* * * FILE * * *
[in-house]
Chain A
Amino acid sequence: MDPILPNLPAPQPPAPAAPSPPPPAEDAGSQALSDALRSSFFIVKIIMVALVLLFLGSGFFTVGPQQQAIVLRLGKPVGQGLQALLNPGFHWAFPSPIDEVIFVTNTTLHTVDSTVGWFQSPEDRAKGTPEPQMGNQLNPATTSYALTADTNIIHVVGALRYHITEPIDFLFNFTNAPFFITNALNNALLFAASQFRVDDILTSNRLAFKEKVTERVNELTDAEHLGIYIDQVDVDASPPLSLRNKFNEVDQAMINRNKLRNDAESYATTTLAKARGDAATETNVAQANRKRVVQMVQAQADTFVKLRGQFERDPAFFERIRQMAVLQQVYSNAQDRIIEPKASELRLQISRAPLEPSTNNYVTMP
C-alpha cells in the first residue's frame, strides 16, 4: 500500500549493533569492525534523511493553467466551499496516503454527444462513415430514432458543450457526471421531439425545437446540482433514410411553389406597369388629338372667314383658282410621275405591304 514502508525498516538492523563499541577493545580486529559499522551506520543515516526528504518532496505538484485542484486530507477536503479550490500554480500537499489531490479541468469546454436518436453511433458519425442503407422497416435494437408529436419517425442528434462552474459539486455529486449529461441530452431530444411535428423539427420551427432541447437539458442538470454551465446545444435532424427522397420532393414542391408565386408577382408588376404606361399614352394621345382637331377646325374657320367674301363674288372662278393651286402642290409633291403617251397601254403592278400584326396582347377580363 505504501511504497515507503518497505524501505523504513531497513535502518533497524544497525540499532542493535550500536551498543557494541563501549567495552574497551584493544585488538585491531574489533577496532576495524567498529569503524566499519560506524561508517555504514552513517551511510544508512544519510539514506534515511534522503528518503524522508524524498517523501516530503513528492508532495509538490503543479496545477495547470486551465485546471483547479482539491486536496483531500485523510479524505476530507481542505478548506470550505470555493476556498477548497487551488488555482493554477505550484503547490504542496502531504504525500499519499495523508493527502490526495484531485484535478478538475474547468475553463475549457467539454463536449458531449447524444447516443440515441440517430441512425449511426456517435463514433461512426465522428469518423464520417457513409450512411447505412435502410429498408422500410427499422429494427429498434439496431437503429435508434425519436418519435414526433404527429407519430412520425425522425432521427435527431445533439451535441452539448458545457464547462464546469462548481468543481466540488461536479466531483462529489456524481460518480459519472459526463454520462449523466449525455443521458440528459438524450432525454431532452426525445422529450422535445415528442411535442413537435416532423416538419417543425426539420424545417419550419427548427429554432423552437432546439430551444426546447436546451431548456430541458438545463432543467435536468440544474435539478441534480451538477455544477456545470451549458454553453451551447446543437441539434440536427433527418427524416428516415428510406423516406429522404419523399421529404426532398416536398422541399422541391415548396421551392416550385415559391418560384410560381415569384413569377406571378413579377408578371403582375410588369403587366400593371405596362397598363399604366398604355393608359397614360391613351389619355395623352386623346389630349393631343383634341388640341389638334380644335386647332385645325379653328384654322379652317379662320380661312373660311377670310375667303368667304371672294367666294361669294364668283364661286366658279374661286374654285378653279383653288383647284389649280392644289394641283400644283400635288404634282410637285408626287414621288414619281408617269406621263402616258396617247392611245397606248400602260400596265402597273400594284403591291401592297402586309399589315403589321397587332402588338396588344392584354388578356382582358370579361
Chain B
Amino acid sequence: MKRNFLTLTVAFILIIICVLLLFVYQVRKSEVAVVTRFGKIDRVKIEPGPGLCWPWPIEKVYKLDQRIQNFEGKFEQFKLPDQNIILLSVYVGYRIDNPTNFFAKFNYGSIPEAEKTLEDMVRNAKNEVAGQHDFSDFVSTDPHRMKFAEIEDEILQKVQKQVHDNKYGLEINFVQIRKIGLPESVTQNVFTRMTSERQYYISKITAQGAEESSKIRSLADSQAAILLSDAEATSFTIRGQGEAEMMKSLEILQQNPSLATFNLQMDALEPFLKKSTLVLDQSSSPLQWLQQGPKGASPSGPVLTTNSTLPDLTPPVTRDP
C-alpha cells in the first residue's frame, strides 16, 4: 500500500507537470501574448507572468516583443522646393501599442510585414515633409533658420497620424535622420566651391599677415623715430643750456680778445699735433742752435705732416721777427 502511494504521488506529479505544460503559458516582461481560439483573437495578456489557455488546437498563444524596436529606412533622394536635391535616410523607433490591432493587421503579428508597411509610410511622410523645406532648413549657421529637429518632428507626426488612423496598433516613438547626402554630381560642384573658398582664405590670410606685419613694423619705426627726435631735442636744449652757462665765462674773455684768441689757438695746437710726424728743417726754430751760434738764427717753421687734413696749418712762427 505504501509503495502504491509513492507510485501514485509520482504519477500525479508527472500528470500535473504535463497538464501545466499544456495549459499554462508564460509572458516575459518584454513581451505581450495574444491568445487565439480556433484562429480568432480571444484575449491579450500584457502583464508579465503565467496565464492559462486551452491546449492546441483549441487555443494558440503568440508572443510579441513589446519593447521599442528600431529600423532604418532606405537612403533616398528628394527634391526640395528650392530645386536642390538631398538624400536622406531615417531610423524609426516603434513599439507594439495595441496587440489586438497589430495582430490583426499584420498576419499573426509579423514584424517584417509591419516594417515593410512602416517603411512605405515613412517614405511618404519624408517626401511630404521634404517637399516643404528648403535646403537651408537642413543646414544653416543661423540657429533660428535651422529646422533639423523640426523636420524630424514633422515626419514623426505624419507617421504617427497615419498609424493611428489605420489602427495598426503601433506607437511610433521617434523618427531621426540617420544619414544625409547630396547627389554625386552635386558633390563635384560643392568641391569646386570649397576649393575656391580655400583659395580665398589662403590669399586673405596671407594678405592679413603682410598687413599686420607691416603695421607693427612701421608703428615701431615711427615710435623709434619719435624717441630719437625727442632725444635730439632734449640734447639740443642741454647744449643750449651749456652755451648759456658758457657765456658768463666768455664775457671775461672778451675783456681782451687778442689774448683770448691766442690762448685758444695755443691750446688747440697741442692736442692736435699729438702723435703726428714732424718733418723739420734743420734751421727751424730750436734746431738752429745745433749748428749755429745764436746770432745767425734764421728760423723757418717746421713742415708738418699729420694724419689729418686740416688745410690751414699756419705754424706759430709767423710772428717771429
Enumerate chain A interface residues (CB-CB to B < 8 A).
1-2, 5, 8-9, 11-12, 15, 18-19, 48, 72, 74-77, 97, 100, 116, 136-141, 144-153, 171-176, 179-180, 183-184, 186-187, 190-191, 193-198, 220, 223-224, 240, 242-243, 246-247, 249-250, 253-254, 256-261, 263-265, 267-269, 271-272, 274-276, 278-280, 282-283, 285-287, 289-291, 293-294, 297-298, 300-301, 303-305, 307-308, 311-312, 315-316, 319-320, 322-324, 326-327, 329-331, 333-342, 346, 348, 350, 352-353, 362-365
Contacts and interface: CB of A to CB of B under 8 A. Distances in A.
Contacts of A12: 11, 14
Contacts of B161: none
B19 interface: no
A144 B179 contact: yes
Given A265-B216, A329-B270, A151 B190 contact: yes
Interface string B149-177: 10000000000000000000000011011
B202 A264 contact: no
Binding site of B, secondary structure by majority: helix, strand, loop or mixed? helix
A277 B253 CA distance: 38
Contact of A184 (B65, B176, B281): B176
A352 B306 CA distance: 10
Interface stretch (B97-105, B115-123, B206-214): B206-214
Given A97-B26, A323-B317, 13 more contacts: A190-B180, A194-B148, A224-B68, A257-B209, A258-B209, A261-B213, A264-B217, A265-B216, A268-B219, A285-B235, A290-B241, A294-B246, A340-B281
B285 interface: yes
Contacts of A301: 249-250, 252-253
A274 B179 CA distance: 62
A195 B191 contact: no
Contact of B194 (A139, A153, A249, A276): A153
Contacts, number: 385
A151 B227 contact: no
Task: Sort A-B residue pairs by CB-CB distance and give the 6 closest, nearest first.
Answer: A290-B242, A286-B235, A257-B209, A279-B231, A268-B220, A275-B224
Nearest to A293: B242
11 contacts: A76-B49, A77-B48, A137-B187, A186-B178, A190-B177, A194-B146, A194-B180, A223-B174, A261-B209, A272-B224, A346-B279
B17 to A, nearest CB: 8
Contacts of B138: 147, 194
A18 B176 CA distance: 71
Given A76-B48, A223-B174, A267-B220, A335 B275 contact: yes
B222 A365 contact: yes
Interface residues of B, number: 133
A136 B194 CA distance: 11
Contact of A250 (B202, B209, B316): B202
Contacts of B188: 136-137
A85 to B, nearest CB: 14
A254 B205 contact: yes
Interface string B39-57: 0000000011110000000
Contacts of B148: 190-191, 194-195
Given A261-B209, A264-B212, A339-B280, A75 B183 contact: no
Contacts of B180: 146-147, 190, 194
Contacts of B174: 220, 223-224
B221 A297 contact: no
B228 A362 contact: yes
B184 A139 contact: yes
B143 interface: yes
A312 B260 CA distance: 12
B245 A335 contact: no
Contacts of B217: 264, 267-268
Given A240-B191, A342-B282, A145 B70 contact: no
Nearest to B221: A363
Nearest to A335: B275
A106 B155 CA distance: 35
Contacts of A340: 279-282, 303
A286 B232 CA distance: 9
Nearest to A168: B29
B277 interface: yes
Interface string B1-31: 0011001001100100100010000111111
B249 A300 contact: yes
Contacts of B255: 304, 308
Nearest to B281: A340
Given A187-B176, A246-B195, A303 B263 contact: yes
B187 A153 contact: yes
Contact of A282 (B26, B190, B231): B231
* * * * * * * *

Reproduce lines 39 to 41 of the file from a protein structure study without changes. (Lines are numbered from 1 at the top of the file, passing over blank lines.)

B222 A365 contact: yes
Interface residues of B, number: 133
A136 B194 CA distance: 11